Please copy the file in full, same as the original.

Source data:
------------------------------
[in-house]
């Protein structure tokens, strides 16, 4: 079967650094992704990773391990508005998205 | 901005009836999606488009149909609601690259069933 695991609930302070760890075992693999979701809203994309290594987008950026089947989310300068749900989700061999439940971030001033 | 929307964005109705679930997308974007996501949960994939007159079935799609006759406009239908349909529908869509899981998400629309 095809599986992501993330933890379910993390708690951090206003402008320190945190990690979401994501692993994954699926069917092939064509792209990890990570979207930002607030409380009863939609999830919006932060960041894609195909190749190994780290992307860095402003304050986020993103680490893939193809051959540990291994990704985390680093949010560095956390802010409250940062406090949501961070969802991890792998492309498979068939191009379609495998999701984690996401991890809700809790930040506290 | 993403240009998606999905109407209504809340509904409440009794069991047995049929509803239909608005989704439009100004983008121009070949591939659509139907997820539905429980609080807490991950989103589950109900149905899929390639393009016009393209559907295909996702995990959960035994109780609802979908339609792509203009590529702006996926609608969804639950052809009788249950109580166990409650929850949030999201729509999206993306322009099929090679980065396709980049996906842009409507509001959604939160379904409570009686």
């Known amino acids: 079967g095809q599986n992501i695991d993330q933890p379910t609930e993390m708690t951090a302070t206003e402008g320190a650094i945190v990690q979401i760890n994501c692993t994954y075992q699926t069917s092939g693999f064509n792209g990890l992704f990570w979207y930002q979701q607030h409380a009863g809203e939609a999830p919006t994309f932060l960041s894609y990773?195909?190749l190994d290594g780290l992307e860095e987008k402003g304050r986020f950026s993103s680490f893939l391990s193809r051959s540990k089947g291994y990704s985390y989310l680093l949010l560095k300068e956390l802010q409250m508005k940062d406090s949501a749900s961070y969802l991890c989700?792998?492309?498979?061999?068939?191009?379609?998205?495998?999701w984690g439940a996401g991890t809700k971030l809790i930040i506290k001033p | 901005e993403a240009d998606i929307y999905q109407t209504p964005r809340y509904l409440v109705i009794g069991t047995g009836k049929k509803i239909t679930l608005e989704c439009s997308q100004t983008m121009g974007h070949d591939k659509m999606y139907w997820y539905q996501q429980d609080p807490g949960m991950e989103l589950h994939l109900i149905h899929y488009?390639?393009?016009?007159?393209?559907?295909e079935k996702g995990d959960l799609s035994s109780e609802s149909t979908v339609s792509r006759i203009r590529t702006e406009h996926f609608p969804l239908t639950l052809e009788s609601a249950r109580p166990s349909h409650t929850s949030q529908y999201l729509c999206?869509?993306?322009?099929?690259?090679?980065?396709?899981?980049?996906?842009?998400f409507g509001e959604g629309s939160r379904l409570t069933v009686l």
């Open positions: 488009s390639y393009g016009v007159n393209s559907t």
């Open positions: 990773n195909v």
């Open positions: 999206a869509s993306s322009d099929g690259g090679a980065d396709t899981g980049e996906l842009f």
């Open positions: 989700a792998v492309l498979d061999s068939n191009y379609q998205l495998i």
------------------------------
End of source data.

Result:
[in-house]
């Protein structure tokens, strides 16, 4: 079967650094992704990773391990508005998205 | 901005009836999606488009149909609601690259069933 695991609930302070760890075992693999979701809203994309290594987008950026089947989310300068749900989700061999439940971030001033 | 929307964005109705679930997308974007996501949960994939007159079935799609006759406009239908349909529908869509899981998400629309 095809599986992501993330933890379910993390708690951090206003402008320190945190990690979401994501692993994954699926069917092939064509792209990890990570979207930002607030409380009863939609999830919006932060960041894609195909190749190994780290992307860095402003304050986020993103680490893939193809051959540990291994990704985390680093949010560095956390802010409250940062406090949501961070969802991890792998492309498979068939191009379609495998999701984690996401991890809700809790930040506290 | 993403240009998606999905109407209504809340509904409440009794069991047995049929509803239909608005989704439009100004983008121009070949591939659509139907997820539905429980609080807490991950989103589950109900149905899929390639393009016009393209559907295909996702995990959960035994109780609802979908339609792509203009590529702006996926609608969804639950052809009788249950109580166990409650929850949030999201729509999206993306322009099929090679980065396709980049996906842009409507509001959604939160379904409570009686």
């Known amino acids: 079967g095809q599986n992501i695991d993330q933890p379910t609930e993390m708690t951090a302070t206003e402008g320190a650094i945190v990690q979401i760890n994501c692993t994954y075992q699926t069917s092939g693999f064509n792209g990890l992704f990570w979207y930002q979701q607030h409380a009863g809203e939609a999830p919006t994309f932060l960041s894609y990773?195909?190749l190994d290594g780290l992307e860095e987008k402003g304050r986020f950026s993103s680490f893939l391990s193809r051959s540990k089947g291994y990704s985390y989310l680093l949010l560095k300068e956390l802010q409250m508005k940062d406090s949501a749900s961070y969802l991890c989700?792998?492309?498979?061999?068939?191009?379609?998205?495998?999701w984690g439940a996401g991890t809700k971030l809790i930040i506290k001033p | 901005e993403a240009d998606i929307y999905q109407t209504p964005r809340y509904l409440v109705i009794g069991t047995g009836k049929k509803i239909t679930l608005e989704c439009s997308q100004t983008m121009g974007h070949d591939k659509m999606y139907w997820y539905q996501q429980d609080p807490g949960m991950e989103l589950h994939l109900i149905h899929y488009?390639?393009?016009?007159?393209?559907?295909e079935k996702g995990d959960l799609s035994s109780e609802s149909t979908v339609s792509r006759i203009r590529t702006e406009h996926f609608p969804l239908t639950l052809e009788s609601a249950r109580p166990s349909h409650t929850s949030q529908y999201l729509c999206?869509?993306?322009?099929?690259?090679?980065?396709?899981?980049?996906?842009?998400f409507g509001e959604g629309s939160r379904l409570t069933v009686l």
């Open positions: 488009s390639y393009g016009v007159n393209s559907t």
């Open positions: 990773n195909v």
């Open positions: 999206a869509s993306s322009d099929g690259g090679a980065d396709t899981g980049e996906l842009f």
């Open positions: 989700a792998v492309l498979d061999s068939n191009y379609q998205l495998i």